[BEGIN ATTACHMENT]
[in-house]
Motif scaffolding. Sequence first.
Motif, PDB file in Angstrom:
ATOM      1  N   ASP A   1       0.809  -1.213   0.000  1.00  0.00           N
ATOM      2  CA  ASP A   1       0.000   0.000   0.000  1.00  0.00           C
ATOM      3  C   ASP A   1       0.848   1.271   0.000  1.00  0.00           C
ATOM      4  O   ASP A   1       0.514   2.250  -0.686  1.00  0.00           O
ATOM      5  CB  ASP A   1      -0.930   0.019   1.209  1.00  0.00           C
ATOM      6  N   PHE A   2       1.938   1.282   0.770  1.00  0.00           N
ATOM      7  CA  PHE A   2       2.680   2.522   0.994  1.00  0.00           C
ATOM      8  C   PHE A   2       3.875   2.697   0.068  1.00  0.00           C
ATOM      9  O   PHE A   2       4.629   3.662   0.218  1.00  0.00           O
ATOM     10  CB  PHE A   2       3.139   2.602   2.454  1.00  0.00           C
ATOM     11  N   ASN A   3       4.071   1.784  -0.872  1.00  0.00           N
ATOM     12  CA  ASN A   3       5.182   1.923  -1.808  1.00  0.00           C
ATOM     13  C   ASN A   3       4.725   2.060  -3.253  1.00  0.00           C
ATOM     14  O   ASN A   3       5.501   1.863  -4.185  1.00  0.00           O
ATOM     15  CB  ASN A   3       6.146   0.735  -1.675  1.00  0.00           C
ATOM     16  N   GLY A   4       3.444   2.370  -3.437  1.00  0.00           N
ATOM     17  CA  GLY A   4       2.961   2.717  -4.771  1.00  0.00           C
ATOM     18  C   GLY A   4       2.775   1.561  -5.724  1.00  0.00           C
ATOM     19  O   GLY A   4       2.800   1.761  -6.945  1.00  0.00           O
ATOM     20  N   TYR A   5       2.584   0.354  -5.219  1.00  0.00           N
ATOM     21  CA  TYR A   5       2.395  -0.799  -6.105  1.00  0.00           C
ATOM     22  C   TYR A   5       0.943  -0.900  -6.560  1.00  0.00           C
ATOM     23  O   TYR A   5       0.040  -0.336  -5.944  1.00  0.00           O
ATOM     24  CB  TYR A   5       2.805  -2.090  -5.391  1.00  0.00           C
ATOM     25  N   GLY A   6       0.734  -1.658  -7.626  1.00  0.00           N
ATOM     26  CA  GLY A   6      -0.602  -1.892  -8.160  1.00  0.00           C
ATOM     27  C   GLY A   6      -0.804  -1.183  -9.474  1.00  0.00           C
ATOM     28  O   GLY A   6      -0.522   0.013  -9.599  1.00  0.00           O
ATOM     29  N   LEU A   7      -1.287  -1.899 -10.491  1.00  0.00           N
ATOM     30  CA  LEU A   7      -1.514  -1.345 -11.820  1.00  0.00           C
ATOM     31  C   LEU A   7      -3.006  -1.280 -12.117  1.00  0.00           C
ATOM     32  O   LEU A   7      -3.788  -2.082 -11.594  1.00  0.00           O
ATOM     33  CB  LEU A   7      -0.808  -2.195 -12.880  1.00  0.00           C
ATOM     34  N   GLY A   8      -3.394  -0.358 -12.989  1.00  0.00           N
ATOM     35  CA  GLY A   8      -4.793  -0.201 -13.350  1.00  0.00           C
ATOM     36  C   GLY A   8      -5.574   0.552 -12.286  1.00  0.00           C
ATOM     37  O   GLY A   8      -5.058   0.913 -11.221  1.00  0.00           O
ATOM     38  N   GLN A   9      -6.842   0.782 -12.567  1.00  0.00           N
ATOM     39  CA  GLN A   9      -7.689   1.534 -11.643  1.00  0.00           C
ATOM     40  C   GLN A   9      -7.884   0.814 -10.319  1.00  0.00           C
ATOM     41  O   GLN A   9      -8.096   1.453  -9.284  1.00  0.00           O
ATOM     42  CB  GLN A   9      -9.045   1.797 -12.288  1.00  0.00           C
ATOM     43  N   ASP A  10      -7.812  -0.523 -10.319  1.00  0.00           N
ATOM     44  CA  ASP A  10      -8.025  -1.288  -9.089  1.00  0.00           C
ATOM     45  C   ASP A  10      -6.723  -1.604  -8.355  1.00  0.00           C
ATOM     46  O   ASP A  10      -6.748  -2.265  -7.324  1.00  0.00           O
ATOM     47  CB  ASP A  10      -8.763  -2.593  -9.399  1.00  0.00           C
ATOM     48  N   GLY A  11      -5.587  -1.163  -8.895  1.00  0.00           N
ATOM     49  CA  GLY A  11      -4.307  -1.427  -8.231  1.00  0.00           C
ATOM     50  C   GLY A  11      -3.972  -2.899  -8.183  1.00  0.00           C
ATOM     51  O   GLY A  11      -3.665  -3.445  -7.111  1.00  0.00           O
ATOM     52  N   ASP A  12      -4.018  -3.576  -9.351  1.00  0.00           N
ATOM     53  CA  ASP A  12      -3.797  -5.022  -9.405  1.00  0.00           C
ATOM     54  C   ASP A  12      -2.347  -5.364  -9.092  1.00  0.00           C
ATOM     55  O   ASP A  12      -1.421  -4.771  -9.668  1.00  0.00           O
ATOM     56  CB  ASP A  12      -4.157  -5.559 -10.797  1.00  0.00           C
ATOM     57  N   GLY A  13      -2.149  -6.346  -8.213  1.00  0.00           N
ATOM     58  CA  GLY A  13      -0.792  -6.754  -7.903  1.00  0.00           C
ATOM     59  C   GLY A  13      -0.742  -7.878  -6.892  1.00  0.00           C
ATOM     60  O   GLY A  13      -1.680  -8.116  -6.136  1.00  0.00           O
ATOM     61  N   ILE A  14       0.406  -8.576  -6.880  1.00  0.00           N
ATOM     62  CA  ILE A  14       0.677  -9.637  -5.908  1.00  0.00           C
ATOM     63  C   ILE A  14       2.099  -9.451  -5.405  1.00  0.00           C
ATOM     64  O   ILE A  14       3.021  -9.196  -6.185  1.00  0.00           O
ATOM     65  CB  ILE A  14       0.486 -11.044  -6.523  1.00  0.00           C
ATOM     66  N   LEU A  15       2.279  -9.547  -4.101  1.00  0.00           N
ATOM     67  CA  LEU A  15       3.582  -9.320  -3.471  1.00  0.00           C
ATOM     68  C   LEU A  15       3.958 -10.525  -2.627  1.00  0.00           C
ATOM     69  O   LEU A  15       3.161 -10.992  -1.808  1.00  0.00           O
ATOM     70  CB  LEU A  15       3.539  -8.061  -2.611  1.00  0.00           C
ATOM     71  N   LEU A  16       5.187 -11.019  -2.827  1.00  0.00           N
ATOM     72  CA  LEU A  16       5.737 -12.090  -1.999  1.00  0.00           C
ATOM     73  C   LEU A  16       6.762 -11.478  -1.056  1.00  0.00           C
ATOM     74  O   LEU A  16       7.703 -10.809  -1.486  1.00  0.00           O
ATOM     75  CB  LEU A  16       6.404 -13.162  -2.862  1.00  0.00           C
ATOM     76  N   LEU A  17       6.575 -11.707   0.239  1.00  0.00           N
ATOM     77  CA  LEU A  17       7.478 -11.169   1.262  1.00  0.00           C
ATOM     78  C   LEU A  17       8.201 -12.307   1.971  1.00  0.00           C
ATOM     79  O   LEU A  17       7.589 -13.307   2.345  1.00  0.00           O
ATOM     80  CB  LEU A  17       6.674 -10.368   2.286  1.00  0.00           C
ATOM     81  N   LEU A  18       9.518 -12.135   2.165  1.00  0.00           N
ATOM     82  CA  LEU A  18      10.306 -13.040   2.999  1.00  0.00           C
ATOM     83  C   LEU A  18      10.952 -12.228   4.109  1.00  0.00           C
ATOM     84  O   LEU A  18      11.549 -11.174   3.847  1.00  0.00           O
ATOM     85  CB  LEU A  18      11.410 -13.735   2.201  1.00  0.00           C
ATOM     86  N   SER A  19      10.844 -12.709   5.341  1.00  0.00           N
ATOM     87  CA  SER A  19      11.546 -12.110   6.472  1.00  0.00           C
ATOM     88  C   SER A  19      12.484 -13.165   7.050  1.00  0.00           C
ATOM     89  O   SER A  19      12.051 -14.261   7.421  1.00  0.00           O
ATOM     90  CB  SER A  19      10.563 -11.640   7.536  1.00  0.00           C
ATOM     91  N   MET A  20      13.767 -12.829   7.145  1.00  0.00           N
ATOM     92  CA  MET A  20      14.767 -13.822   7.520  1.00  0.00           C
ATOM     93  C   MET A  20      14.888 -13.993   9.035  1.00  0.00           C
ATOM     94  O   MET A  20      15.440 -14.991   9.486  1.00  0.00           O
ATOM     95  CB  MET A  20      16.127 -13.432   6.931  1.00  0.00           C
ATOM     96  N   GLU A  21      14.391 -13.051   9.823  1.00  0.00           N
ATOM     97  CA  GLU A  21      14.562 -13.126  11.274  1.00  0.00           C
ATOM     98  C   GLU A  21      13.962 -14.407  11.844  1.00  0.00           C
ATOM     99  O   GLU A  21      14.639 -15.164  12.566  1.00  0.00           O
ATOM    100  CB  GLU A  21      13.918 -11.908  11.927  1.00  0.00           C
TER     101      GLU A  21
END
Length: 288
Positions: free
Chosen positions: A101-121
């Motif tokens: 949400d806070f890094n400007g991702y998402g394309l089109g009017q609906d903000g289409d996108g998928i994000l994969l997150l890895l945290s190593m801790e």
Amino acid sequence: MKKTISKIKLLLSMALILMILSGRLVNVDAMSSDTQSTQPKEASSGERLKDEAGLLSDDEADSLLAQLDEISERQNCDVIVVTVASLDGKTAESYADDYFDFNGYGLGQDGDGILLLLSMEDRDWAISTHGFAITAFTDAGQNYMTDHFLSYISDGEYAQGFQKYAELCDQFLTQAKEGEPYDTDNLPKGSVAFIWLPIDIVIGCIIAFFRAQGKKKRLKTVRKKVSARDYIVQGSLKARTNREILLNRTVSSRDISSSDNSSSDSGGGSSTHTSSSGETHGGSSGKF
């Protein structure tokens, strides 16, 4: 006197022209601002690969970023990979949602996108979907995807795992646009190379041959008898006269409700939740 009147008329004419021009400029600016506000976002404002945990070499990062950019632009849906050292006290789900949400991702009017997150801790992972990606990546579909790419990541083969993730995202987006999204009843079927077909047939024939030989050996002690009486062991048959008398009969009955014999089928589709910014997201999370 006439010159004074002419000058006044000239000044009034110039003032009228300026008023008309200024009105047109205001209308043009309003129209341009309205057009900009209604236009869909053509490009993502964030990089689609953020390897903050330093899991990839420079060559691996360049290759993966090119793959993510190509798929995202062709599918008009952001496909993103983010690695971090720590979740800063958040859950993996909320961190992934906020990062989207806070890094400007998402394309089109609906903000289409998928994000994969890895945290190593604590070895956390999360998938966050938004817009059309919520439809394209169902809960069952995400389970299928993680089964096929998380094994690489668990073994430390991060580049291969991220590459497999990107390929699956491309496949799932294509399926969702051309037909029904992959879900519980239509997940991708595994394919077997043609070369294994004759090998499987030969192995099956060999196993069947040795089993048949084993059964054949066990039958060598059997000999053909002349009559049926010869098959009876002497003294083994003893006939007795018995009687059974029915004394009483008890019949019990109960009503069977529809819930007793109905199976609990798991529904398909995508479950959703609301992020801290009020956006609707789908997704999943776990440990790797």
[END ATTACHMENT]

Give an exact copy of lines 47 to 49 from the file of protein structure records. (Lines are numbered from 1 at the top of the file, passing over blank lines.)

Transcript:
ATOM     44  CA  ASP A  10      -8.025  -1.288  -9.089  1.00  0.00           C
ATOM     45  C   ASP A  10      -6.723  -1.604  -8.355  1.00  0.00           C
ATOM     46  O   ASP A  10      -6.748  -2.265  -7.324  1.00  0.00           O